However, they have denied this and latest developments indicate that they might not be in a rush to move away. Party president Morgan Tsvangirai has also dared them to get out of the kitchen.
The question is: Are those in MDC-T who want Tsvangirai out capable of forming a new party – and what would it take to bring them to that point? Despite the rumours, splitting looks tricky, and there are several reasons why the anti-Tsvangirai camp would not be comfortable storming out just yet.
There is a good historical reason to be pessimistic about the sustainability and viability of branching out. Welshman Ncube provides a rich anecdote on what can possibly happen. In 2005, a band of top party officials led by the then Secretary General Ncube were peeved by Tsvangirai’s intolerance and apparent dictatorial tendency when he threw out a majority vote to participate in a poll after the re-introduction of the Senate. Tsvangirai was confident of a win against the Senate reintroduction, so he put the matter to a vote, but most of his lieutenants wanted a bite at the chamber, and they voted “yes”.
When the MDC boss dug his heels in, most of those who wanted the Senate back, with Welsh at the helm, hurried out and formed a splinter movement. In the early days, the decision kicked up a lot of dust and many thought that the new party would make dramatic inroads on the Zimbabwean political landscape. That was not to be, of course, and everyone now knows what became of the party – in the 2013 elections, it failed to score a single contested seat.
The point here is that MDC has been woven around the personality of Tsvangirai. He might not be the best of leaders. But the grassroots is still with him, something that Ncube failed to appreciate.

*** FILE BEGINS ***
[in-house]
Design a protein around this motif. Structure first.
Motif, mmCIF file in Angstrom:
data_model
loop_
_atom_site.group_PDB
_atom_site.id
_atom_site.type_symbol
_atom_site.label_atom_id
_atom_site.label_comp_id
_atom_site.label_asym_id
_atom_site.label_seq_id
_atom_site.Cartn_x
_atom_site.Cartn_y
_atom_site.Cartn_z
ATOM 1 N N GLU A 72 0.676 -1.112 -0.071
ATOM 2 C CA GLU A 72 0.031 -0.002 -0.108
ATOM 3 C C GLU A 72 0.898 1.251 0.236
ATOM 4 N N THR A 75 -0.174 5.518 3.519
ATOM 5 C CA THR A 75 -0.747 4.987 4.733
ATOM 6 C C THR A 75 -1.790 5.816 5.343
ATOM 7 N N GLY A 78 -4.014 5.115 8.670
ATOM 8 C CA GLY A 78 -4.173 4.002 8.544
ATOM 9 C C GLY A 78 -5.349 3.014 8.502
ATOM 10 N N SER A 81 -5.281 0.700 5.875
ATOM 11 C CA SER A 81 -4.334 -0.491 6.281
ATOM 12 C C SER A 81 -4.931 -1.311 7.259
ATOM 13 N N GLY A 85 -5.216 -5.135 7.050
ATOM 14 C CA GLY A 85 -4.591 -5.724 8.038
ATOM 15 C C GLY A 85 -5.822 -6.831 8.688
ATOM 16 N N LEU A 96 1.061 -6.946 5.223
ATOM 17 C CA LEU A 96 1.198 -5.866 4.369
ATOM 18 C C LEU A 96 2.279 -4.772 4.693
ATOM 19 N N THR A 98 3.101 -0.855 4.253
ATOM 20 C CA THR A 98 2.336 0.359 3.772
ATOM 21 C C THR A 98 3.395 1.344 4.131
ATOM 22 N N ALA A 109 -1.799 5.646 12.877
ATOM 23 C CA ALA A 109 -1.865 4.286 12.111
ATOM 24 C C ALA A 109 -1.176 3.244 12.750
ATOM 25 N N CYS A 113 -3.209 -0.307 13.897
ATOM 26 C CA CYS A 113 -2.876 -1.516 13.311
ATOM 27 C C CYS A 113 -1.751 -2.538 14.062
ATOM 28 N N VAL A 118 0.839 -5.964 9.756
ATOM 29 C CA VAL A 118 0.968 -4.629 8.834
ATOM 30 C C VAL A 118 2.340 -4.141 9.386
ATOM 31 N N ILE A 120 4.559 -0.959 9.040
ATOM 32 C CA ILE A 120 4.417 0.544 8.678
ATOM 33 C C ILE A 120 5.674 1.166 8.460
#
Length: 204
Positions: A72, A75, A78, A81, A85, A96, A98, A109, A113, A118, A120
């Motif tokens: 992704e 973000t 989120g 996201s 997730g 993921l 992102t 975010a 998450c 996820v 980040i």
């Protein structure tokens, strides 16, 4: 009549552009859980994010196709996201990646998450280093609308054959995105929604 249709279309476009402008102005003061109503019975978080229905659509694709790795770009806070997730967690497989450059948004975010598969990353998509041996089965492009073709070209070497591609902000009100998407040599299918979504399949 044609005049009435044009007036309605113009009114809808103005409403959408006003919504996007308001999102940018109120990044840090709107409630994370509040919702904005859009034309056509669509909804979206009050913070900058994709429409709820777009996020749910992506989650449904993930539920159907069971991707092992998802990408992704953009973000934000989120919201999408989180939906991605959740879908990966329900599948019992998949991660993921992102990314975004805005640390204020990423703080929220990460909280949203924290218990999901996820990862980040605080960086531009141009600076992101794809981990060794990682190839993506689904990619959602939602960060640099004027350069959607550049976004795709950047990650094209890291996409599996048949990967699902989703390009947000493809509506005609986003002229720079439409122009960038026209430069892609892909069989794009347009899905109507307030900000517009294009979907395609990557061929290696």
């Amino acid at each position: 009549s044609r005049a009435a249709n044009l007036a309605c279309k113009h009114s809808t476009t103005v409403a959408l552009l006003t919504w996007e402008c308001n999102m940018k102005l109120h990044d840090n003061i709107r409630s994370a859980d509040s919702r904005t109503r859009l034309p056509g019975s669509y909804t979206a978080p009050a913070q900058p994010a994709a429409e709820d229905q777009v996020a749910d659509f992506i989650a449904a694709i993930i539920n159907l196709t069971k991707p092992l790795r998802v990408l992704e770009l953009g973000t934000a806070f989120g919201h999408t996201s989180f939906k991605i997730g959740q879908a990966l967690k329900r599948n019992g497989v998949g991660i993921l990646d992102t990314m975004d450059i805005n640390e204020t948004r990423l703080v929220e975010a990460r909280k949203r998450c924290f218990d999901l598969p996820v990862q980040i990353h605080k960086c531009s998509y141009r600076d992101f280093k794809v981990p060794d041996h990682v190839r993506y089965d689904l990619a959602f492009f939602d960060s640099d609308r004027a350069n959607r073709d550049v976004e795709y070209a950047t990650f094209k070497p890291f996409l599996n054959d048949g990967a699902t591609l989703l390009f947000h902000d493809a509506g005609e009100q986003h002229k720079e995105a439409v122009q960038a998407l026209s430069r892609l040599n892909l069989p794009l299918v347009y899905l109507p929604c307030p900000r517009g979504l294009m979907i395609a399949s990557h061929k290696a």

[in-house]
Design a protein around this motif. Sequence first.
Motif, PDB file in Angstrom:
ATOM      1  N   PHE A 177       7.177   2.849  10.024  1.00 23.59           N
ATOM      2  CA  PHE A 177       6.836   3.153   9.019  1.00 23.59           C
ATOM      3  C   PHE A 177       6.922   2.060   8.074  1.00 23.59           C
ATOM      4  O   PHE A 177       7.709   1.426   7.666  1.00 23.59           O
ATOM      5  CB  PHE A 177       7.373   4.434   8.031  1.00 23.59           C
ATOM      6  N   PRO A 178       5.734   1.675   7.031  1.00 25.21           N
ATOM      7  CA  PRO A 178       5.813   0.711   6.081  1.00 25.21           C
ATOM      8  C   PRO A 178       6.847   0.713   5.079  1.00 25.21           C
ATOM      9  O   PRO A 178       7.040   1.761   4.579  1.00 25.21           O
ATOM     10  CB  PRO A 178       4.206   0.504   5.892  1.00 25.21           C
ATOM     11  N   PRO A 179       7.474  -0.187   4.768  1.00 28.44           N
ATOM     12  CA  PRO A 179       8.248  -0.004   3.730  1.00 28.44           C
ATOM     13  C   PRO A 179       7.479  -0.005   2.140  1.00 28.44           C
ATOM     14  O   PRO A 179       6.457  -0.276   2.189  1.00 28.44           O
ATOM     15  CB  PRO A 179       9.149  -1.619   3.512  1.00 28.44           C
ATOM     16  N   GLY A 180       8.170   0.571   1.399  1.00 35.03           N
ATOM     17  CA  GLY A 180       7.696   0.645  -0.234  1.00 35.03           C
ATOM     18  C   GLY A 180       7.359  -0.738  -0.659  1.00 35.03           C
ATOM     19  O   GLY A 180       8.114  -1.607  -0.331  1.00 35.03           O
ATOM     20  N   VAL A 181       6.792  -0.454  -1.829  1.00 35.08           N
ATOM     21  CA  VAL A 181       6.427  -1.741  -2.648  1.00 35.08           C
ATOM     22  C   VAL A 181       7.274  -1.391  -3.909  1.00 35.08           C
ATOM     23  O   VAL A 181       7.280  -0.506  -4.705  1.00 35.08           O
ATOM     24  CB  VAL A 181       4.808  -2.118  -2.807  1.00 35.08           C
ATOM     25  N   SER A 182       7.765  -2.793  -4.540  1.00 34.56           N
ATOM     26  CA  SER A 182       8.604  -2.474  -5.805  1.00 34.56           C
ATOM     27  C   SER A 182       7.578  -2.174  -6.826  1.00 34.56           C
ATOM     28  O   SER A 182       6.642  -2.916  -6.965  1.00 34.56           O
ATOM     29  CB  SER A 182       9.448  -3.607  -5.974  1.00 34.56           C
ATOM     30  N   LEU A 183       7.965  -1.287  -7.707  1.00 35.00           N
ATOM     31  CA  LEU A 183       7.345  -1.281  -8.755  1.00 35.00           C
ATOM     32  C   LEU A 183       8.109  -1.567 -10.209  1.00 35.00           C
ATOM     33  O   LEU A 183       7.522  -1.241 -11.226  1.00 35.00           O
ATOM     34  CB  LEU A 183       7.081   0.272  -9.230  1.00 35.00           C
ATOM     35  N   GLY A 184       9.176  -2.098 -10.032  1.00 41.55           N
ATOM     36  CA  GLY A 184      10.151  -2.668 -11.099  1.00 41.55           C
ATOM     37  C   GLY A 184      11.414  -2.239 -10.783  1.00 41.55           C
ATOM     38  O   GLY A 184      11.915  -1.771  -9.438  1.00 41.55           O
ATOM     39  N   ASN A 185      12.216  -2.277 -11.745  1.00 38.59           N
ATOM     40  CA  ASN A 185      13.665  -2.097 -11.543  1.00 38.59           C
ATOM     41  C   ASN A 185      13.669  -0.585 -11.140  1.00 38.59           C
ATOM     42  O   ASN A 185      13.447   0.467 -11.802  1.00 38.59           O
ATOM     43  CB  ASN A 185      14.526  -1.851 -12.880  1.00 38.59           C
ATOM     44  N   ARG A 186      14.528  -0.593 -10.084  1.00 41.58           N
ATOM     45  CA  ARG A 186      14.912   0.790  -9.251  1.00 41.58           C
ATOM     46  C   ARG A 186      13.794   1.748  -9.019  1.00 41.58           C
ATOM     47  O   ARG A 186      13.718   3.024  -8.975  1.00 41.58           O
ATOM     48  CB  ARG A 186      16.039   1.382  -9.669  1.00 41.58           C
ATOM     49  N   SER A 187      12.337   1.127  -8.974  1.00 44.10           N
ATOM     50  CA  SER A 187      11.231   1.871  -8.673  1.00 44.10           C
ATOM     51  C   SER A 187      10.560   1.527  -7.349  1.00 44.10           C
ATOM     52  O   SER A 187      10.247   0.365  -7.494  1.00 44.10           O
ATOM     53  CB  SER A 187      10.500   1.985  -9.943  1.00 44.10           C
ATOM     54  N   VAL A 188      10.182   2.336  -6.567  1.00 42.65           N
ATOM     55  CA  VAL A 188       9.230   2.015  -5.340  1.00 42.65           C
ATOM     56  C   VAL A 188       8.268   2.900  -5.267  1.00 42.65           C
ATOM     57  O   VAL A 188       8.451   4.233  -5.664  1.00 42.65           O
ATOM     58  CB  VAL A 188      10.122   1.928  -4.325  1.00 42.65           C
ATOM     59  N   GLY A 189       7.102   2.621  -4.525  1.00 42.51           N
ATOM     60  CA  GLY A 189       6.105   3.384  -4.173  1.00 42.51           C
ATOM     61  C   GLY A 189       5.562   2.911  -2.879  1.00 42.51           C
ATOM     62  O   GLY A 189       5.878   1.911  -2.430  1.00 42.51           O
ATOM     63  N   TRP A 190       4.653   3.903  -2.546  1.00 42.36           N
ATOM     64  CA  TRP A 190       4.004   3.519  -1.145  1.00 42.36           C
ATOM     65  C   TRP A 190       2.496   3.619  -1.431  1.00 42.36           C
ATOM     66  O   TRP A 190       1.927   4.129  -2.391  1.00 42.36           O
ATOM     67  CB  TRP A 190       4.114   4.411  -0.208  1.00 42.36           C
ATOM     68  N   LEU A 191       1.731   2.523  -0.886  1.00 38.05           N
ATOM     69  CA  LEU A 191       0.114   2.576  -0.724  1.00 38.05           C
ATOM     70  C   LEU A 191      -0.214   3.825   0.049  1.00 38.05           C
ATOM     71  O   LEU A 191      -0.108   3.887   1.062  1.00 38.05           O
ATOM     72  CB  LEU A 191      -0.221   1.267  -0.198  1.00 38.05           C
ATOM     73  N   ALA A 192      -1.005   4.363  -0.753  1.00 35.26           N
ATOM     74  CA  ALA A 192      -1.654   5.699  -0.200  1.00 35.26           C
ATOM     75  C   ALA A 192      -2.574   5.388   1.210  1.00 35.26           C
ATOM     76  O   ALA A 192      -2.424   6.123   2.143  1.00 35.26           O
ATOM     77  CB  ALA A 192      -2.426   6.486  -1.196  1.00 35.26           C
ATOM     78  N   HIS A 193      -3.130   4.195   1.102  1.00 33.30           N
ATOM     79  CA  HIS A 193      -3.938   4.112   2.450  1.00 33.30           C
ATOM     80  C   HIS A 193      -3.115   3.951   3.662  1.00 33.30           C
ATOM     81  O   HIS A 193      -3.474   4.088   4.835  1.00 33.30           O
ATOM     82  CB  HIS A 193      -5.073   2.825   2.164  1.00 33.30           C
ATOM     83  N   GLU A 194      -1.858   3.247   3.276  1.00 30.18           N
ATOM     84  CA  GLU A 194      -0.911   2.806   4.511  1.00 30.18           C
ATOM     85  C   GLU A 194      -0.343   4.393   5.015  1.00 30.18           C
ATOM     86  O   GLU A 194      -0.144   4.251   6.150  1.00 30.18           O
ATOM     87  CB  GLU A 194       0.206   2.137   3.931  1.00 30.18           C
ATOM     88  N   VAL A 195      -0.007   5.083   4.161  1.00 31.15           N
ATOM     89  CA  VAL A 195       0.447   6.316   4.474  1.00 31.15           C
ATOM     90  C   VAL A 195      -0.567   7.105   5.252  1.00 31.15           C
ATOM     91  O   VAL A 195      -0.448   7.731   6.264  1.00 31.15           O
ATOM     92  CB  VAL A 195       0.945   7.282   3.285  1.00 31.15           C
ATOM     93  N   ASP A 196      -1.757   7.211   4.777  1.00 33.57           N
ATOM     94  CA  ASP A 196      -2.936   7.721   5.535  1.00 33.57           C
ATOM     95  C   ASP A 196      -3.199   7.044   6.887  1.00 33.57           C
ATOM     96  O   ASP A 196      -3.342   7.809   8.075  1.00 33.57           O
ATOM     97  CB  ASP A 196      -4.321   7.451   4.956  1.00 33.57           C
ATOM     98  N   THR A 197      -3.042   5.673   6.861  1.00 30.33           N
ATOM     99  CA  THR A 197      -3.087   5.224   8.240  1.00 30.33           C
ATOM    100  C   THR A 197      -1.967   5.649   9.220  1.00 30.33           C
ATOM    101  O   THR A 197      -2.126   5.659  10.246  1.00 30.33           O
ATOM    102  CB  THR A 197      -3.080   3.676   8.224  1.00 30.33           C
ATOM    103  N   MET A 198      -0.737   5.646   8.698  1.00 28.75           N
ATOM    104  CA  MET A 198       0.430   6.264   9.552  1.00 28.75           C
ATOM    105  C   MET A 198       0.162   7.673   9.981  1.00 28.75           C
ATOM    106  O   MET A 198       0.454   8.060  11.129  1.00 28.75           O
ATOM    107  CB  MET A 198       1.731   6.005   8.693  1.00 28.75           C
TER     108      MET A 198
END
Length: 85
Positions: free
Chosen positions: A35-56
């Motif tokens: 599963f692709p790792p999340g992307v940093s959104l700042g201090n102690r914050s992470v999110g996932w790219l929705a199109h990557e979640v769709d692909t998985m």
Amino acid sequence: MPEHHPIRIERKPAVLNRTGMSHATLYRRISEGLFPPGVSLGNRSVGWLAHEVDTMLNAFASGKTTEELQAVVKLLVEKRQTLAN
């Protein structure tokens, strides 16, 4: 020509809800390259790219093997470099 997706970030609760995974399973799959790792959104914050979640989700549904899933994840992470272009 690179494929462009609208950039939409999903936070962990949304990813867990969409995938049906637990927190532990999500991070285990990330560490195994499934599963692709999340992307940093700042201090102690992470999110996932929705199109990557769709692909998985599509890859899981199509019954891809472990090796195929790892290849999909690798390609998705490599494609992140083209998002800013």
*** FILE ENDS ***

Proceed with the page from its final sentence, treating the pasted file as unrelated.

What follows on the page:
Now, it is difficult to move away from a party whose leader still claims the grassroots. It would always be hard for Biti et al to woo those that form the basis of the party over to their side, because, in their eyes, Tsvangirai is still the magic that they need. This hard-to- accept reality connives well with the fact that among those who passionately want to move away, there is none with the charisma that Tsvangirai still enjoys – despite the many fault lines in his personality.
Biti might be a brilliant lawyer, or so it is claimed, but so was/is Welsh. A technocrat is hardly what politics appreciates most of the time. The grassroots electorate always looks–blindly–for something less elite than professional efficacy. Mudzuri might be level headed and respectable, but he does not have the crude down-to-earth grit that Tsvangirai, like Jacob Zuma of South Africa, has used to get people on his side. The same applies to Mangoma, etc.
The most sensible option, therefore, is to fight to ensure that the Tsvangirai edifice, ragged as it has become due to the series of miscalculations he has made over the years, falls. The best way to do that is to throw missiles from within, but the battle is going to be a complex and winding one, with the possibility of a loss. Tsvangirai still enjoys incumbency as the leader of the party. That was demonstrated recently when an effigy of the National Executive Council suspended Mangoma even when it was clear that rules were not followed.
Biti, Mangoma, Bennett, Iain Kay and others might follow suit, especially given the fact that the Secretary General decided to throw an independent press briefing blasting Tsvangirai and those fighting from his corner for suspending Mangoma unprocedurally and has lauded Zanu (PF) for winning the 2013 general elections.
They would easily claim that Biti brought the party into disrepute. The matter is not helped by the fact that many in the structures still throw their weight behind Tsvangirai, while an early elective congress is likely to retain him and bring his marks up again. – To comment on this article, please contact [email protected]Post published in: News